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J. Lucas Koberda, Andrew Moses, Laura Koberda, Paula Koberda
Tallahassee NeuroBalance Center, Tallahassee, Florida, USA

A 23-year-old man presented for a neurological evaluation due to cognitive problems restricting him from college education. He graduated successfully from high school but had problems in college, which caused his subsequent withdrawal. He was interested in trying neurofeedback (NFB) for possible cognitive enhancement. His initial computerized neurocognitive testing showed global cognitive standard score (GCS) of 93.1. The information processing speed standard score was 64.5 and was the lowest of scored domains. Quantitative electroencephalography revealed right frontal and temporal increase in delta power and left frontal and temporal beta power excess. Fifteen sessions of 19-electrode Z-score NFB lead to marked improvement of the patient’s subjective cognitive perception as well as GCS on computerized neurocognitive testing. His post-NFB GCS was 104.1 and information processing speed reached 85.2. Also a reduction of the right frontal and temporal delta power expression was achieved, as well as improvement in the left fronto-temporal beta power. This case report illustrates marked increase in cognitive performance achieved by Z-score 19-electrodes NFB training and justifies the initiation of larger studies to confirm these promising findings.


Neurofeedback (NFB) has grown increasingly popular since early 1960s, when it was initially reported as an effective treatment in epilepsy and attention deficit hyperactive disorder (Lubar & Lubar, 1984; Sterman & Egner, 2006; Tan et al., 2009). NFB has become attractive to the public due to limitations in the effectiveness of medication treatment and its  ssociated side effects. Some cognitive enhancement has been reported in a few previous reports utilizing NFB training usually at one electrode site (Angelakis et al., 2007; Gruzelier, 2009; Vernon, 2005;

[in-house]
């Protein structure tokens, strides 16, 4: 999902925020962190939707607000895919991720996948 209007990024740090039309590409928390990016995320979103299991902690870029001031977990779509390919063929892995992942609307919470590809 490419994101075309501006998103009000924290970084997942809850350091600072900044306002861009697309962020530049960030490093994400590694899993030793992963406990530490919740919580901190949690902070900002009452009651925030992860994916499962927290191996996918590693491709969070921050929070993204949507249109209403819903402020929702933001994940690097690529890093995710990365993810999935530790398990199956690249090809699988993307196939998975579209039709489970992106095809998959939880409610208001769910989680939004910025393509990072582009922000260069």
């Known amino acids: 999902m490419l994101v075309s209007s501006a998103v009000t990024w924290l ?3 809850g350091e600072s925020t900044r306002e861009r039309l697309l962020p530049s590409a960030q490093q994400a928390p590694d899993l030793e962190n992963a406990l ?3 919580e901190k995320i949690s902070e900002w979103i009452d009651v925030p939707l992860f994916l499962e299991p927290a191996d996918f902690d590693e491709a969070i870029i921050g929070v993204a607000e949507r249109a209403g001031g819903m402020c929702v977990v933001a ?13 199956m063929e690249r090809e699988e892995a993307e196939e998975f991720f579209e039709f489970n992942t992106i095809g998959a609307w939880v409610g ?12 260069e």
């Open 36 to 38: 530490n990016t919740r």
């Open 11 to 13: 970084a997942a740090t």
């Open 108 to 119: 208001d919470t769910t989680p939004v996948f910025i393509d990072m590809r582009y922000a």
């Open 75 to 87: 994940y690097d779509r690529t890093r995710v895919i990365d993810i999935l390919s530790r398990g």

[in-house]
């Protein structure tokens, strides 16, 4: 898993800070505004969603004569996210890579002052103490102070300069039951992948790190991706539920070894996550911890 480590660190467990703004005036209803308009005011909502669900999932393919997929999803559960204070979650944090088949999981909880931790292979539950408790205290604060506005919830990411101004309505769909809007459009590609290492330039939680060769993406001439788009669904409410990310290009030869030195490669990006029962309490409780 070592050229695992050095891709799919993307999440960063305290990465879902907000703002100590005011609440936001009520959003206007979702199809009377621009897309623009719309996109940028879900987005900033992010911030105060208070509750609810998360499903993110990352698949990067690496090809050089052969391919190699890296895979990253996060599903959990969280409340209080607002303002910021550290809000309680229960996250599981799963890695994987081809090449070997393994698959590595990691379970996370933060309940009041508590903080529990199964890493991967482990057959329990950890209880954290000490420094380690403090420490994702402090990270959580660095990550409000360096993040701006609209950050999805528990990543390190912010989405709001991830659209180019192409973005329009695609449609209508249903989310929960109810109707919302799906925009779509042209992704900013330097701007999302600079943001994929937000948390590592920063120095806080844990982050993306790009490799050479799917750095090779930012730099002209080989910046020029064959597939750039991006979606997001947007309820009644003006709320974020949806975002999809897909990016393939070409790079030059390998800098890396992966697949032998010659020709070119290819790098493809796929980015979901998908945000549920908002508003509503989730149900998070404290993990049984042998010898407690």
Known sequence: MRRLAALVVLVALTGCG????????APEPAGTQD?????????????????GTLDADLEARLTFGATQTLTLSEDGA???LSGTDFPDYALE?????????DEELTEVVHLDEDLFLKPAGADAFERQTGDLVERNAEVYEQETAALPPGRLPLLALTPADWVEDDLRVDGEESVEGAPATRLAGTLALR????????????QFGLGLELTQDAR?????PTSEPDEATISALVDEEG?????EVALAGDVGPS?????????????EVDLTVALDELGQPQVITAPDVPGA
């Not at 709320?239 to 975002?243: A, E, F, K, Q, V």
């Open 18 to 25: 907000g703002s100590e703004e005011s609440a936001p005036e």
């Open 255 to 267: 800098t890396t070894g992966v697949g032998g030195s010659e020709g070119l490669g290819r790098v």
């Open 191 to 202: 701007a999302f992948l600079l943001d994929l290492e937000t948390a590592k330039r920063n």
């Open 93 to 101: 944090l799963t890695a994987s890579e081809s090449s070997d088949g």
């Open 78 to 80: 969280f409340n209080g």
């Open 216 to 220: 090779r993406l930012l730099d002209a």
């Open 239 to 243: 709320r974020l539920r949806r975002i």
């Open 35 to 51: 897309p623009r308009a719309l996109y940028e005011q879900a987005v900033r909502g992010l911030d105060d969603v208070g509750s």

Zoefel, Huster, & Herrmann, 2011). At this point the amount of time and the number of sessions necessary for major improvements in cognition to be achieved is unclear.The recent introduction of 19-electrode Z-score and low resolution electromagnetic tomography analysis (LORETA) NFB equipment has generated some hopes for an improvement of NFB efficiency (Cannon, Congedo, Lubar, & Hutchens, 2009; Thatcher, 2010). The purpose of this case study is provide detailed information about a patient that showed improved cognitive functioning in less than 20 sessions using 19-channel Z-score NFB.


This case report is based on the results of the first patient who underwent a cognitive enhancing training in our clinic using both 19-channel surface Z-score NFB and 19-hannel LORETA Z-score NFB using a symptom checklist and qEEG software (Thatcher, 2010).

The symptoms of concentration, executive function, anxiety, multitask performance, compulsive behavior, dyscalculia, multitasking problems, sequential planning problems, and obsessive thoughts about self were chosen from the ‘‘symptom check list’’ (Thatcher, 2010) to identify training targets based on the patient’s symptoms and neurocognitive profile.